Later chapters cover the role of ministers in debates over the Constitution, the rise of the two-party system, and Thomas Jefferson’s presidential run. In each case, local circumstances dictated ministerial participation much more than religious belief. “To understand how and why American clergymen preached party from their pulpits,” McBride explains, “it is essential that we understand the challenges they were facing in different localities” (128). In Massachusetts, liberal and conservative ministers could team up to confront the threat of Jacobins; in Massachusetts, Evangelicals and “liberal rationalists” could work together to overcome establishmentarianism. Even when addressing Jefferson’s deism, threats of heresy “had as much to do with the ballot box as it did with the nation’s ‘soul'” (149). Religion has always been a potent tool.
In McBride’s work, religion is everywhere and nowhere during the revolutionary era. Everywhere, because it provided the symbols and language that gave the action meaning; but nowhere, because it lacked instigative force. This is a clever historiographical play, because it allows him to critique both those who downplay religion’s precede as well as those who overstate its centrality. It also establishes a much more ecumenical framework for America’s religious past: people of different faiths can work together for religious and political causes despite theological differences. That’s why Fast Day rituals work so well, because even the deist Jefferson could support them. And Madison, for another example, believed independence was God’s will, “but it was his rational and philosophical observations of the crisis in the early 1770s, and not his religious beliefs, that convinced him to support the patriot cause” (89). This is a broad umbrella for inclusive participation.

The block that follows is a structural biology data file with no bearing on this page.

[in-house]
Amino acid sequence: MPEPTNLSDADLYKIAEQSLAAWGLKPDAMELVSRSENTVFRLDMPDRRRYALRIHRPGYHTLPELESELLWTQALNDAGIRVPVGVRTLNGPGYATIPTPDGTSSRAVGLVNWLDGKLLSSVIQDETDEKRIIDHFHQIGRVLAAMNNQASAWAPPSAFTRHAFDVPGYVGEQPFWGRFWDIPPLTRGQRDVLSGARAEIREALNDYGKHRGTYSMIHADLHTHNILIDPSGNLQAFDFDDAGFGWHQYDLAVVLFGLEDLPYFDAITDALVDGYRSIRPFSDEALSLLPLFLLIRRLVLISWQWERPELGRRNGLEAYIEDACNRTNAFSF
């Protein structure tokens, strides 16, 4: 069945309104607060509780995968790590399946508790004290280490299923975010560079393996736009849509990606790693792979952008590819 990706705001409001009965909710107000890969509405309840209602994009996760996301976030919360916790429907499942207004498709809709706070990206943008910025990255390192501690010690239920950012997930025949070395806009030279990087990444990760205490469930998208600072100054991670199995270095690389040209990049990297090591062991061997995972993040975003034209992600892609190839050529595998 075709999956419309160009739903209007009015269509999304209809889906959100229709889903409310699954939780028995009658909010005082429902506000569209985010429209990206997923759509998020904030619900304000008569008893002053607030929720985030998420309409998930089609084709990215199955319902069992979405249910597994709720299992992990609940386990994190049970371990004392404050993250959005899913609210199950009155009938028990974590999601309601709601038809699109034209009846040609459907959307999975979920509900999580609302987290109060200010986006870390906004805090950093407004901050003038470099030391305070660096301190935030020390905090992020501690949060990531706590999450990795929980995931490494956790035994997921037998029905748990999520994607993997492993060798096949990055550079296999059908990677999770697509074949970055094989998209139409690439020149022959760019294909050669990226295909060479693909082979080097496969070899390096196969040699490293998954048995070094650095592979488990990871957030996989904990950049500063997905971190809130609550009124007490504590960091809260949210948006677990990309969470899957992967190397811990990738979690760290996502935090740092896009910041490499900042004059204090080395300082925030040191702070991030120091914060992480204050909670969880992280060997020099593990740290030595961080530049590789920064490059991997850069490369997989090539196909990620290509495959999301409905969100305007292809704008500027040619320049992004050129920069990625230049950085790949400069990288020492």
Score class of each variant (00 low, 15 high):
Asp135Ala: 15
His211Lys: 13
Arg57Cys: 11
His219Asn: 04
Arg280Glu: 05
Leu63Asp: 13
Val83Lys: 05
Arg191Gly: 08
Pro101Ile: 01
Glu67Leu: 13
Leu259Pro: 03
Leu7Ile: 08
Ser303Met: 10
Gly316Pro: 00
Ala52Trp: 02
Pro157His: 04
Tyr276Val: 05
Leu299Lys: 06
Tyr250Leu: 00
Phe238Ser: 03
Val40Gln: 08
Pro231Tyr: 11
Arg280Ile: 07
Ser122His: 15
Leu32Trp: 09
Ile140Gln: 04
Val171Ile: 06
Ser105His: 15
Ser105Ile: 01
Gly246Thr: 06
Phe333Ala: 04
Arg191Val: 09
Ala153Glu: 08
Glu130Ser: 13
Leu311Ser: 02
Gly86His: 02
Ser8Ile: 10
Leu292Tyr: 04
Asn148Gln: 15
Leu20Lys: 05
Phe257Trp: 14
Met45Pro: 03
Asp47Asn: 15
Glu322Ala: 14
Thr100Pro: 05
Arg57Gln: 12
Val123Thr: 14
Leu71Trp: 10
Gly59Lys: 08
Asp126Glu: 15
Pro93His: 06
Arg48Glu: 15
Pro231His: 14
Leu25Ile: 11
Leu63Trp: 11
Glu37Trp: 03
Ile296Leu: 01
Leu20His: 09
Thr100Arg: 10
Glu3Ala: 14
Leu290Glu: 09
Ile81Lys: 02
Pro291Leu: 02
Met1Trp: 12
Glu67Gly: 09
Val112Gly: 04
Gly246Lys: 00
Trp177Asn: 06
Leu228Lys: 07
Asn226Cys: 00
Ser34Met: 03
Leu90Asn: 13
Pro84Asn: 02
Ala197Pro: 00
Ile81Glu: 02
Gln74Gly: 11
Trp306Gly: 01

But I’m not sure this neutered form of political theology is much of an improvement upon traditionally secular narratives. Can religion only serve as a powerful force when deprived of its mental contribution? Can belief shape political action and ideas, rather than merely be shaped by them? I can certainly get behind McBride’s pragmatic religionists, but I still wonder whether we are casting them in the image of our contemporary and secular world.
To play the role of provocateur, I’m not willing to concede that religious ideas weren’t as crucial as political realities. It’s all well and good to say that the myth of an American nation “arose from the calculated efforts of parties and politicians and their clerical allies during the fractious struggle for power in the decades immediately following independence,” but is that the full extent of the relationship? Couldn’t religious ideas have shaped the very understanding of nation to begin with?
These are questions outside the scope of McBride’s work, so it is unfair to critique him too hard with them. But if useful monographs are meant to raise as many issues as they do answer them, Pulpit & Nation does the job. As Americans re-imagine the role of religion in electoral politics over the next decade, this is a text that could serve as an important primer.